Now, on the flip side of that coin- the morning found me screaming at the top of my lungs, running through three feet of fresh on top of compacted snow with the most horrendous, useless boots on. And wave my arms I did, and gestured hugely hollering and yelling towards the culprit who just moments earlier had knocked one guinea off it's roost by ripping it's head off from above pine branch and then zeroed in on another while this intended second victim tried to makes it safe way through showering snow and little light. I saw this mystery unwanted guest pounce, grab, shake, rip- I heard the guinea scream to no avail while all others scattered, screaming too. I rounded the pen and in the ten second time frame blind spot- I lost sight of the killer. By losing sight yet never hearing the exit- I realized...an owl had just visited the tranquil forest's edge and reduced my guinea fowl population by two...
The one left on the ground, head still intact but...well, I won't go into detail - there was just enough life left that I held her and stroked her, gave her thanksgiving and farewell. My only regret- that the owl would have at least consumed these birds, instead- it came like a cat- dismembering, disenchanting the rest and me and now the safety in numbers and homestead is innocence lost to the not yet year old brood of the most nervous birds on the farm. This same fellow or female came back at end of day to perch upon the tallest Spruce in the yard- viewing, waiting, ready to do the same as it had done in the early A.M. In admiration, in joy- I would have grabbed my camera again to take THE photo of a great owl. But at that time, I had no welcome in me- I only wanted this guest to leave and never come back. So from a safe distance on our second snow covered story deck- again, I waved and screamed.
"Go away!!! Get away you bastard...leave them alone."And then, after it seemed I had no affect on this wild forager- I pleaded with him-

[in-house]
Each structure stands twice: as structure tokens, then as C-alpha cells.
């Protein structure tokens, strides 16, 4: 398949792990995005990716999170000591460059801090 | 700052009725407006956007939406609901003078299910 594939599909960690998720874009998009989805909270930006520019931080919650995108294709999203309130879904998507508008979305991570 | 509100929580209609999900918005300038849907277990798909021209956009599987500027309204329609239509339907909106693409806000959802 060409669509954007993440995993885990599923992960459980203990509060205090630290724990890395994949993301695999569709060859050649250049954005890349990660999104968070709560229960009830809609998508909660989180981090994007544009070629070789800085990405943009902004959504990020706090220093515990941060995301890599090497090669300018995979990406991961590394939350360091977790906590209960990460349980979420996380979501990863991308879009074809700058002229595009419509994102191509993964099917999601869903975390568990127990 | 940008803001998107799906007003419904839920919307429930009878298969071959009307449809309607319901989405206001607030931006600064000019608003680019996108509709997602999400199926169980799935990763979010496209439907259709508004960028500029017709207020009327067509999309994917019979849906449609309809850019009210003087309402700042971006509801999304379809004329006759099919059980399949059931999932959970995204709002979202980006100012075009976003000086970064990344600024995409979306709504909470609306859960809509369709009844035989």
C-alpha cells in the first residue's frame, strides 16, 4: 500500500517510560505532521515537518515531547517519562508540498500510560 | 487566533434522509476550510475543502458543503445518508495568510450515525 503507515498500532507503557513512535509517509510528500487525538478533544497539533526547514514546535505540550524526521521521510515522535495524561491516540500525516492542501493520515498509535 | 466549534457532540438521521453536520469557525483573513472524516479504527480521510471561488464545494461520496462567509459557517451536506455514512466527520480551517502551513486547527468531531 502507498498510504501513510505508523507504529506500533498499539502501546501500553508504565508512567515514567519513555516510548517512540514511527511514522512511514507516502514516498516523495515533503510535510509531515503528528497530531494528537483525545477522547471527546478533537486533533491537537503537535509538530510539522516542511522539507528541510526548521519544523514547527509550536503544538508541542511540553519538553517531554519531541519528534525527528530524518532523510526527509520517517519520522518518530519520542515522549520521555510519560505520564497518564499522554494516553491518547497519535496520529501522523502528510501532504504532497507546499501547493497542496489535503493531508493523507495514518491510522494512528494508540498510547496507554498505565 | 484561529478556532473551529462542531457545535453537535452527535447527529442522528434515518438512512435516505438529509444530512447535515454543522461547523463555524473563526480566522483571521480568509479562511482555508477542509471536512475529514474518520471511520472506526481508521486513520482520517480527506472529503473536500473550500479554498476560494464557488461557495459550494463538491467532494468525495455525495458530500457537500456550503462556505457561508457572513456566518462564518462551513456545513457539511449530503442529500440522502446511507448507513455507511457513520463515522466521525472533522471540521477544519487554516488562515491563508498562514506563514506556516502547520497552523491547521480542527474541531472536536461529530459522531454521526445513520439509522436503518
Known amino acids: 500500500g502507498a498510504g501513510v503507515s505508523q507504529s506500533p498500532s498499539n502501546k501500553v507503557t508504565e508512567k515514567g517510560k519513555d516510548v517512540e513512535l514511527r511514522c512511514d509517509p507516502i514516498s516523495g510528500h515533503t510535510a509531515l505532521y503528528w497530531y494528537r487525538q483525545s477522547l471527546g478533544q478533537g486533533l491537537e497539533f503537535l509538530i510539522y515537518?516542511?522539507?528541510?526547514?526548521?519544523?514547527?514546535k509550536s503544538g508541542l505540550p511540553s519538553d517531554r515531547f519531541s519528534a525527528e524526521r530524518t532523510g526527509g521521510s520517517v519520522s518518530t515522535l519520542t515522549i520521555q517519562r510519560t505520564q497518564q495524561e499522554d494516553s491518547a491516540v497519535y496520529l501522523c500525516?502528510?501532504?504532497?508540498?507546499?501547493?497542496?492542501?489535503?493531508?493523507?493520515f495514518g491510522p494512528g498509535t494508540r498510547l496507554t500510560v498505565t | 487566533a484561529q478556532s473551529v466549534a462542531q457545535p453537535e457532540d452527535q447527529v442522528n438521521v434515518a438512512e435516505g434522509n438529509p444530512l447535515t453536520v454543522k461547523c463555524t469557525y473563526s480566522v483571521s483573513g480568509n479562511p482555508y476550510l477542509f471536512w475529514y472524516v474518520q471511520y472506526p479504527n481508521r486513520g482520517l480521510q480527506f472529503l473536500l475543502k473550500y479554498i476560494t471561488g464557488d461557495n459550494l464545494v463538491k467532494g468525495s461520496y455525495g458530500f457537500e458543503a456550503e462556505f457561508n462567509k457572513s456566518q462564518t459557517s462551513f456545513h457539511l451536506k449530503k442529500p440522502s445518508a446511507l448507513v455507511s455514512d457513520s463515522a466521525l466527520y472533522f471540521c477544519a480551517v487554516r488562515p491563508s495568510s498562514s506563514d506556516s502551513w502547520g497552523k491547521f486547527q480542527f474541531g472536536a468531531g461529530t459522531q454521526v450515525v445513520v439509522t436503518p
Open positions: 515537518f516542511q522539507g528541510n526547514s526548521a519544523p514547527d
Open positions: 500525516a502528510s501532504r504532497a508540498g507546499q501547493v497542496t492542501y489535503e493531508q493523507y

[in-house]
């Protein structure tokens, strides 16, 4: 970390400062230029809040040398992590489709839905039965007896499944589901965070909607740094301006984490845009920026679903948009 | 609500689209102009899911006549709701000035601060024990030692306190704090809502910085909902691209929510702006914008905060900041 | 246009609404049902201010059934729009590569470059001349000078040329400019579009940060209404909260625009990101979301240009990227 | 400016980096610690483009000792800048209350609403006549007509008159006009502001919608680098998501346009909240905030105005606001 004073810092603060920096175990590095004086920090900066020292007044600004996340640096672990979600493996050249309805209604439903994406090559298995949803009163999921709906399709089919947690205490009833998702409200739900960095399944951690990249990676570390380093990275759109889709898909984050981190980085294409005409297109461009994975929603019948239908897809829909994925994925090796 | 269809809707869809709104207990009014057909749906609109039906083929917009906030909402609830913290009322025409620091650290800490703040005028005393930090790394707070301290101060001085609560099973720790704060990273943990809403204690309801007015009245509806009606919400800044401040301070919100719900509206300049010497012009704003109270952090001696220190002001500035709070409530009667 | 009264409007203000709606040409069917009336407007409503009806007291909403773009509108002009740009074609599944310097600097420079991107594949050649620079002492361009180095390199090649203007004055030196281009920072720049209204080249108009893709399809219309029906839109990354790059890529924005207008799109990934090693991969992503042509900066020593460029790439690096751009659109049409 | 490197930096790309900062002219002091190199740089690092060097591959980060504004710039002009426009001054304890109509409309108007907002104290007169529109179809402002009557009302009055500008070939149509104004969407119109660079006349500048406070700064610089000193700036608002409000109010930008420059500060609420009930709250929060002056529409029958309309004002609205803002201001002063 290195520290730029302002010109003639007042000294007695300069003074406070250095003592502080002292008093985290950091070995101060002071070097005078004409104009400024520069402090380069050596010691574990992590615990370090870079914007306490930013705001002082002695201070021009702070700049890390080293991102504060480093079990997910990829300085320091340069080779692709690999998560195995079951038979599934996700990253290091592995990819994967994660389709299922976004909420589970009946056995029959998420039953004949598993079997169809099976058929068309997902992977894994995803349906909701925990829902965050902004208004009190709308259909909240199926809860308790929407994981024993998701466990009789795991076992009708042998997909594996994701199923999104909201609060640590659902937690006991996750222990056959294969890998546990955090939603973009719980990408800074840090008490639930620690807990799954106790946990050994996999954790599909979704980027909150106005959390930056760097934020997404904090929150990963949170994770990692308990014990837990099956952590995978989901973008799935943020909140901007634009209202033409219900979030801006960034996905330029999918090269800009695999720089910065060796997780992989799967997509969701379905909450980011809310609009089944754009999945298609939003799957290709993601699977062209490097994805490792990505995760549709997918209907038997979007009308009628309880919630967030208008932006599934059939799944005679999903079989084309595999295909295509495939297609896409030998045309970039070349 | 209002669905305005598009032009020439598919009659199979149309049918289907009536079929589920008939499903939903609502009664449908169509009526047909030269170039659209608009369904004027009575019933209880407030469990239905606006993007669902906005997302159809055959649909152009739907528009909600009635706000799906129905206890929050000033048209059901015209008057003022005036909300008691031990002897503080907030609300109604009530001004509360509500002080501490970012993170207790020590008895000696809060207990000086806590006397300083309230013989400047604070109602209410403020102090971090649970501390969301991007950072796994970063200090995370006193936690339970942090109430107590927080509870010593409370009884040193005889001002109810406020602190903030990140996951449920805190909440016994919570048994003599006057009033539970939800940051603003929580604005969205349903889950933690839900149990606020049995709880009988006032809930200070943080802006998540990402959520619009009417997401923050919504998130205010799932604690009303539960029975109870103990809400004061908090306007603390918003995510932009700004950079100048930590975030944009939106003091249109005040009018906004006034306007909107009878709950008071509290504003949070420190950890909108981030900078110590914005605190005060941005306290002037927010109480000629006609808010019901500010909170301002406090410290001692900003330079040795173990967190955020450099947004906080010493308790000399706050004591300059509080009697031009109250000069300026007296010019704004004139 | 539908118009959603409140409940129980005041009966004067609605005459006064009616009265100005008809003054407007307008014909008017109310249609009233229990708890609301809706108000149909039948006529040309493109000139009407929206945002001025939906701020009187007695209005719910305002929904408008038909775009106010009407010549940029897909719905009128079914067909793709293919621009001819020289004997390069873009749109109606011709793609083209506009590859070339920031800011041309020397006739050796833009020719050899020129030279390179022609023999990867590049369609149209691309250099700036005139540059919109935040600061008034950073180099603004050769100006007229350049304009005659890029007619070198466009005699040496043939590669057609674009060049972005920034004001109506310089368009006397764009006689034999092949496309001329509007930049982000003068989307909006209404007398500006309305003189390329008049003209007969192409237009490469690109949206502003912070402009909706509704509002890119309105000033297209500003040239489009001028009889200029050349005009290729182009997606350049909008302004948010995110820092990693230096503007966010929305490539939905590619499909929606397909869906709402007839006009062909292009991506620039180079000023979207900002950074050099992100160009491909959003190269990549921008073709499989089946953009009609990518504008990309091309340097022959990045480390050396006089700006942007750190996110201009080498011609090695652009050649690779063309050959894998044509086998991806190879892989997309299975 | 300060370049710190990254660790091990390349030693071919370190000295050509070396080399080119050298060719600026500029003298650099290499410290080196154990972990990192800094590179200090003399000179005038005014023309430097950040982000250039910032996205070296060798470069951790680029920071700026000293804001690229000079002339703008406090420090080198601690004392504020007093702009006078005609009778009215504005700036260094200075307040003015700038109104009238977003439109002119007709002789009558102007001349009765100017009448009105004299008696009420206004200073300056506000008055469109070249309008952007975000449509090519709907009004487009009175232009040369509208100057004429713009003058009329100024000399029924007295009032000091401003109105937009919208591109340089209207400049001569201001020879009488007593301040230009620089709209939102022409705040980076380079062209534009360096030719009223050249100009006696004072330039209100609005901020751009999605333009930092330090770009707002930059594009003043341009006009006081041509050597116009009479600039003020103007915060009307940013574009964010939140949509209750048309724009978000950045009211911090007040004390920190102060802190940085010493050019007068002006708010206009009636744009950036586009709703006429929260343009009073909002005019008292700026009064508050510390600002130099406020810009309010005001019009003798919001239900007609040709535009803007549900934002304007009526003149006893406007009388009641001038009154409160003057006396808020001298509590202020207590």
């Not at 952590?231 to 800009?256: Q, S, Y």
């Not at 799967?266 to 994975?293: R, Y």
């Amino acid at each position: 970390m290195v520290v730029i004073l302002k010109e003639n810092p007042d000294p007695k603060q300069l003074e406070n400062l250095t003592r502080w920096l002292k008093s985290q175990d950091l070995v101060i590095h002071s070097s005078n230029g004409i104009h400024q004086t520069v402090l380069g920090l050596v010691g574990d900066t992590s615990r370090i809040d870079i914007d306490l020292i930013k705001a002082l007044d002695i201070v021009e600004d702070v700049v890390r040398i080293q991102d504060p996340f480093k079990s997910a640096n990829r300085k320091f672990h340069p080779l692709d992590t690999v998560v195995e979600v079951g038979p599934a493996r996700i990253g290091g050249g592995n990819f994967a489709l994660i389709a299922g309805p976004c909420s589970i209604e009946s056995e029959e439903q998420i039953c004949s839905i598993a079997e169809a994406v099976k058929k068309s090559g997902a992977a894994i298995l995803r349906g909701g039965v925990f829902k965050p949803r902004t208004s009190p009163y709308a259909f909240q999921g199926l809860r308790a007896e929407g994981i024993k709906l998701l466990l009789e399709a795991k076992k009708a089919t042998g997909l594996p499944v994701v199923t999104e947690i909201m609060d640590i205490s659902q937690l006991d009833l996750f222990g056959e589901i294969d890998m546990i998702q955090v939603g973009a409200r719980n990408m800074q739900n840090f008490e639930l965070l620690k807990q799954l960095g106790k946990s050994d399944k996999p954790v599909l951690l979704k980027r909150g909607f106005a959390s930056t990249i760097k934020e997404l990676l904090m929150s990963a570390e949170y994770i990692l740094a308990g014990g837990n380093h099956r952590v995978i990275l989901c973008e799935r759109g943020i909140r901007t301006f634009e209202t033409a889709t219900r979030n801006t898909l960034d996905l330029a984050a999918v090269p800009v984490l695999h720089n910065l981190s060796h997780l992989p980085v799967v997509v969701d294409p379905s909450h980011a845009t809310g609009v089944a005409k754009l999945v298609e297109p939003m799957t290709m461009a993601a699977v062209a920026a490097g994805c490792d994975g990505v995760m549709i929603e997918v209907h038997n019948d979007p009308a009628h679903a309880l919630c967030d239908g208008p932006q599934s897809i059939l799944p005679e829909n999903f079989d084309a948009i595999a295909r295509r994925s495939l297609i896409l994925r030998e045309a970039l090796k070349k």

"Then just take one to feed on, but only one. I know you're hungry, I know you need to eat too...but such waste you left in your wake this morning. If you are such a great hunter, prove it. If you are so wise, be that too. Don't take more than you need, don't kill just to kill. Surely you are a better bird than that."
I know...but when you're left with the only weapon that truly can make a difference, if only to your self- appealing with reason, if only your own- at least it brings a bit of peace to the situation.
From that lofty perch, where the owl remained and swiveled that magnificent head then- towards me...silently, swiftly and oh so very elegantly- he left. Up, up on open wide wings towards the deeper woods from where he came. And I was thankful, again- for a time.
Later I put on those awful boots, adorning myself as well with scarf and mittens, Carharts and an umbrella and waited with the rest...the guineas in their secret other perch, me underneath. We heard the who-o-o-s and fretted almost silently, so as not to give off the new position. But I thought I heard nervous talk among the survivors- and finally came the call from the new leader-
To me this is what he said to the clan, "We are safe as long as we remain together, quietly- until one feels truly endangered. Then by all means, speak up so that the rest of us might know what we are up against. Otherwise, quiet yourselves- be still..."
I went in then, to my warm fire- leaving the way of the world and the wild to the forces greater than I.
This morning finds me and the guineas, the Redpolls and Chickadees safe and in sunshine.
The owl? I do not know...he did not take me up on my offer, his ways are not my ways and as we both acknowledge each others predicaments, I guess one might say we live in peace at this telling- each on our own terms.